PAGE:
Winners of a Nobel Prize typically get a private call from a member of the selection committee shortly before the news breaks to the public. But this year the Nobel committee couldn't reach W.E. Moerner, a professor of chemistry at Stanford University and an ASCB member. Moerner was in Recife, Brazil, on the morning of October 8, attending the Third International Workshop on Fundamentals of Light-Matter Interactions. Moerner had his cell phone turned off to save international roaming charges. So when it was announced that he was one of the three winners of the 2014 Nobel Prize in Chemistry it fell to the Associated Press to reach his wife, Sharon, at home with the news. She turned to WhatsApp to send him the message to turn on his phone. Moerner was thrilled to share his excitement with family, friends, and colleagues. His first call was to his son, Daniel, who is working toward a PhD in philosophy at Yale University.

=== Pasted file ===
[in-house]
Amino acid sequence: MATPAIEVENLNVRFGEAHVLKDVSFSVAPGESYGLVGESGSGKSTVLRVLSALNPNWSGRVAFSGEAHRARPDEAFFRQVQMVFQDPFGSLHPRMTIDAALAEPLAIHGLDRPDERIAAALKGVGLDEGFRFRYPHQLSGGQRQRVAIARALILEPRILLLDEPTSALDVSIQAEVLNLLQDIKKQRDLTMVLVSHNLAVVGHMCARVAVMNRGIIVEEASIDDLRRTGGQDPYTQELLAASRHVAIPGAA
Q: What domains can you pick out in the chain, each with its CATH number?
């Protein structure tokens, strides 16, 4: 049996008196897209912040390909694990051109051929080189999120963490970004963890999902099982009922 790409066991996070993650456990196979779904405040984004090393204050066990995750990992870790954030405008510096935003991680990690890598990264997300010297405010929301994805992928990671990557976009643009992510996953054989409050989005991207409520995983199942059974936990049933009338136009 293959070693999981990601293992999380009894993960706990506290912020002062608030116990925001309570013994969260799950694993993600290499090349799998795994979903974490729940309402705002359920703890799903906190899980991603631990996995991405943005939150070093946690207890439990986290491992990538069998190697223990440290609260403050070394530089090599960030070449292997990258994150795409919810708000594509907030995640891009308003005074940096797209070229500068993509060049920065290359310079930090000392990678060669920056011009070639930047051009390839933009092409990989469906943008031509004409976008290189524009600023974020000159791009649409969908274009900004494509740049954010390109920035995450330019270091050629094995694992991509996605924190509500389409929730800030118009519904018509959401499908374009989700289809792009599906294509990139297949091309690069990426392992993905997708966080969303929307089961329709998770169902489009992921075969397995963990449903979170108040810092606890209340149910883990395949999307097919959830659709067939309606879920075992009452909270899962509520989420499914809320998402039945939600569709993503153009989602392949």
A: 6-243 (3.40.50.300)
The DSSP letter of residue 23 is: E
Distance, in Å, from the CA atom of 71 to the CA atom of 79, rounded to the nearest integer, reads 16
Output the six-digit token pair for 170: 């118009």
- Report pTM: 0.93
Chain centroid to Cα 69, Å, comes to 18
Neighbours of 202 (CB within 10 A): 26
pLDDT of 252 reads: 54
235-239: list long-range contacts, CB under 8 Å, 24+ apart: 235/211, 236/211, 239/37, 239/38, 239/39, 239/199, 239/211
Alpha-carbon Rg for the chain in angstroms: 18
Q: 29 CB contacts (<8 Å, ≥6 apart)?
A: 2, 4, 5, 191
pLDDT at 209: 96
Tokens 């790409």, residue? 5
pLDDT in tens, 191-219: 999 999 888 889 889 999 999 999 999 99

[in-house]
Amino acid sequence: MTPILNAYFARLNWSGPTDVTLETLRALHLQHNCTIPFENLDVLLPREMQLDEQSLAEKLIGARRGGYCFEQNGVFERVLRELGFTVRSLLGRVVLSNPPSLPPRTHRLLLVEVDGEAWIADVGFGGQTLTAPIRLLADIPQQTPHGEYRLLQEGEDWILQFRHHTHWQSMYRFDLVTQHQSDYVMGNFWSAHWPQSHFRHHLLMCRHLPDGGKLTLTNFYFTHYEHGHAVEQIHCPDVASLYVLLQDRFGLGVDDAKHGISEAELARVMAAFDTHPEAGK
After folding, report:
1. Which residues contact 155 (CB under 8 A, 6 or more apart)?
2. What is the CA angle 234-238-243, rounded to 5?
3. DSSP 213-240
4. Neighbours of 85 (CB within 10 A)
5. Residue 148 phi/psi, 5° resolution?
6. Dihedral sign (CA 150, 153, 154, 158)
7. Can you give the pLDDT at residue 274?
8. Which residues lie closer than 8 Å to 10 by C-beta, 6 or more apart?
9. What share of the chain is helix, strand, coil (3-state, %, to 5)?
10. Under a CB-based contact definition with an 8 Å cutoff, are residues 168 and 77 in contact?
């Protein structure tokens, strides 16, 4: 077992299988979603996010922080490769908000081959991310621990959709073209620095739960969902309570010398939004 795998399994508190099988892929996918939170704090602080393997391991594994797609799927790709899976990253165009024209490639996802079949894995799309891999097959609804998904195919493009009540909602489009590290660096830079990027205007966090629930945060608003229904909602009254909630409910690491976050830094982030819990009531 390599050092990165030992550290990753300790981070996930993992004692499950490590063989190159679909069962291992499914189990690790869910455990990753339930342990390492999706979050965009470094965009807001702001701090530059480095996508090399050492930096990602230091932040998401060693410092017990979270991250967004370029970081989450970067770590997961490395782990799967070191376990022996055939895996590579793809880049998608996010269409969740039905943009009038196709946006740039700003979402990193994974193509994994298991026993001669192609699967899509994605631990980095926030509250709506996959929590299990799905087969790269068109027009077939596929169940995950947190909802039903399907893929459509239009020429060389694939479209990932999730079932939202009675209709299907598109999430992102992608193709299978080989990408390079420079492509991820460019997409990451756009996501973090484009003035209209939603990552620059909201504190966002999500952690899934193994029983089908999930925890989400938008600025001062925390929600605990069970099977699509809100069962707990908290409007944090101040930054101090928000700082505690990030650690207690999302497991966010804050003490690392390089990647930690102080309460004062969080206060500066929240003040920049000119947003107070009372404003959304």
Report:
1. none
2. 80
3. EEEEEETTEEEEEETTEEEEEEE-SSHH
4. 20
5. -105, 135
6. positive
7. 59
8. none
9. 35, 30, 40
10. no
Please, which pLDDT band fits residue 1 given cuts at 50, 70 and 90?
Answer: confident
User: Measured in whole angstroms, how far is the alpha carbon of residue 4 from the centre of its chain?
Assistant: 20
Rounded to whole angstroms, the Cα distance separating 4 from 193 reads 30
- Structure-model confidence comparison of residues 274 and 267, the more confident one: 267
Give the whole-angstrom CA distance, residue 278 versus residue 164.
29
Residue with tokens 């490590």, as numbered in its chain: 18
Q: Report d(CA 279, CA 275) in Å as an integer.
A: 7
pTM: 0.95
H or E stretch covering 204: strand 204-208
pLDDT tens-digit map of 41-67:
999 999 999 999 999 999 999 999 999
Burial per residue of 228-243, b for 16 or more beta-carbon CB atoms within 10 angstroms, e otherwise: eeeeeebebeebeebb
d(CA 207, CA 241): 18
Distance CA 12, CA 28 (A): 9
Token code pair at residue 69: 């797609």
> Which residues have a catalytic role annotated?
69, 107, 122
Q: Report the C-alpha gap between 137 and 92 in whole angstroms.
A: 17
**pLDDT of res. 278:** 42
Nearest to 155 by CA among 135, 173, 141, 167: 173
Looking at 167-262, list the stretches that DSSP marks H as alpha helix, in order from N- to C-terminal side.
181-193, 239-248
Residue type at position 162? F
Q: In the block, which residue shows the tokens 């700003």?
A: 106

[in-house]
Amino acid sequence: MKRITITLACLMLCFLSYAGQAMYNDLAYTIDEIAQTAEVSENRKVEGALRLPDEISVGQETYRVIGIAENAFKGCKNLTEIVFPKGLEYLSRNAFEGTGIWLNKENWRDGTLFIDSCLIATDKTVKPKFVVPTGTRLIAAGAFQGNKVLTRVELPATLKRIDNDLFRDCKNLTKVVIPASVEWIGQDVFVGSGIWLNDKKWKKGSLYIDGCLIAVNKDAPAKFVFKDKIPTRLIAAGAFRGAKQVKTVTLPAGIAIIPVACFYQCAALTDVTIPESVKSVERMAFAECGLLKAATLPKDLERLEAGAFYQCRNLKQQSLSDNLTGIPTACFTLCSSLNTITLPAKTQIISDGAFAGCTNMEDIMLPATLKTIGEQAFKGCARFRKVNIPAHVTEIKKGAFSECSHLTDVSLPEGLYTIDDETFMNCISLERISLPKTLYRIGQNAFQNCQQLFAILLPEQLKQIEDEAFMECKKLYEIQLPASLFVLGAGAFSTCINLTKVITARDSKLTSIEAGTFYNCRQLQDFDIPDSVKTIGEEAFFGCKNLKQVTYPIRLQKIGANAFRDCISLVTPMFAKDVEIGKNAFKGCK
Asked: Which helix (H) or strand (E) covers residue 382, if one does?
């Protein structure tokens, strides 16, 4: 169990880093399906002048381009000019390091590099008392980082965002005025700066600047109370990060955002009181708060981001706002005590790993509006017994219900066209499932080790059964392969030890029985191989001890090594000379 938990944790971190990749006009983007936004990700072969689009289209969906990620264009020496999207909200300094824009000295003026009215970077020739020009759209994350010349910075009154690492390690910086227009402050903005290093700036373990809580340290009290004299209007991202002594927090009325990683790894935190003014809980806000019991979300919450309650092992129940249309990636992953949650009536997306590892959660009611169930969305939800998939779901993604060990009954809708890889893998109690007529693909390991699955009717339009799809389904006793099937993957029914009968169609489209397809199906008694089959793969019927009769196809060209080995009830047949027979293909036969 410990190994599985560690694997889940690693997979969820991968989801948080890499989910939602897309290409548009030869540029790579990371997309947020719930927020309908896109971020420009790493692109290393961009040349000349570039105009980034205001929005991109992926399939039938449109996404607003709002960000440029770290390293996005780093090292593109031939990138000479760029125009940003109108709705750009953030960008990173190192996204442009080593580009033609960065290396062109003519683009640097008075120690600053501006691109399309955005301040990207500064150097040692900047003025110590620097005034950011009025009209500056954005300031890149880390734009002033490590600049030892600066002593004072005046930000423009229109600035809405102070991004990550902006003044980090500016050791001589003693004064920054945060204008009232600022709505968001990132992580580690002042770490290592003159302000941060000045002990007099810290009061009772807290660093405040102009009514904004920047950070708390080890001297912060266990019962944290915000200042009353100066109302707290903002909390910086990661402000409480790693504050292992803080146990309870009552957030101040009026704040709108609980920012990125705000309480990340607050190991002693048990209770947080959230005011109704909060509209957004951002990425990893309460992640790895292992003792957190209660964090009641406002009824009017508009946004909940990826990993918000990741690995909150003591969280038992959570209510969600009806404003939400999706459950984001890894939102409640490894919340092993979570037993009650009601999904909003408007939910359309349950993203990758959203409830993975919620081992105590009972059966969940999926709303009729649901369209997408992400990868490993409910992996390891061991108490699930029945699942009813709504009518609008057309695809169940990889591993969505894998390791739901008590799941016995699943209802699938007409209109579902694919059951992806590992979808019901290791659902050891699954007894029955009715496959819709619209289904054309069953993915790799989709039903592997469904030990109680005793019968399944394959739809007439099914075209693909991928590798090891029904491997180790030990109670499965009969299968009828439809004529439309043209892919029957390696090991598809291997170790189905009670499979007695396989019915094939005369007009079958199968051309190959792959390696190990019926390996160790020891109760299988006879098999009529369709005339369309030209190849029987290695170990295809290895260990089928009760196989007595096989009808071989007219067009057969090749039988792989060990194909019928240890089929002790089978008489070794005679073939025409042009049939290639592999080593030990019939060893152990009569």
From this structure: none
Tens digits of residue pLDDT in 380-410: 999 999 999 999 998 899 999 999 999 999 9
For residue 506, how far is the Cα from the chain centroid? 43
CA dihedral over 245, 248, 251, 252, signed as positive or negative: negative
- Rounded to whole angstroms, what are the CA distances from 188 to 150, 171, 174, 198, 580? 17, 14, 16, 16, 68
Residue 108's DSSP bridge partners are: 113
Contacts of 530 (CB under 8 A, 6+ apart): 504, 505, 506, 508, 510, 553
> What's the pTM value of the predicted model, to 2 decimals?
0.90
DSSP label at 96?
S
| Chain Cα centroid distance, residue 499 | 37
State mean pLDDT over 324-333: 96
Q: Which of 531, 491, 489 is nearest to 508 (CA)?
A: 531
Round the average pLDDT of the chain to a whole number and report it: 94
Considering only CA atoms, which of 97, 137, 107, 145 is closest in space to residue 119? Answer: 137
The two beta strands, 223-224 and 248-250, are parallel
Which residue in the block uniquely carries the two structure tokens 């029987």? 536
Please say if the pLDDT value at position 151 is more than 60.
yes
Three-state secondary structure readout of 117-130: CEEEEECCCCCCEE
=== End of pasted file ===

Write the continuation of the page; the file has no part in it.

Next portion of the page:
To be clear, E. Josephine Clowney, the 2014 winner of the $5,000 ASCB Kaluza Prize supported by Beckman Coulter, says she met her husband and learned to be a good scientist as a disc jockey for her college radio station. Leaving the husband part aside, Clowney explains the scientist part this way—playing all kinds of music on the highly eclectic WCBN-FM at the University of Michigan (UMich) in Ann Arbor, including music she didn't think at first was music, such as a Thai elephant orchestra with pachyderms soloing on gongs. Elephants and Elvis, the music opened her ears and her mind to the unfamiliar, the eccentric, and the unconventional.

Your latest western blot may be worth a thousand words but you will need to write1,000 words to go along with it. So how to choose which 1,000? To help with the essential task of writing up your latest research, we found some free advice (which will offset the cost of “free” open access publishing).

"Interest in biology has never been higher,” says Louis Reichardt, emeritus professor of physiology at University of California, San Francisco (UCSF). And yet, as federal research funding declines, Reichardt worries that many graduate students are despairing of their prospects for productive research careers. “It takes some ingenuity now to find future opportunities in science,” he says. In recent years, Reichardt has devoted his own ingenuity to helping students find these opportunities. A glimpse of his work can now be seen on

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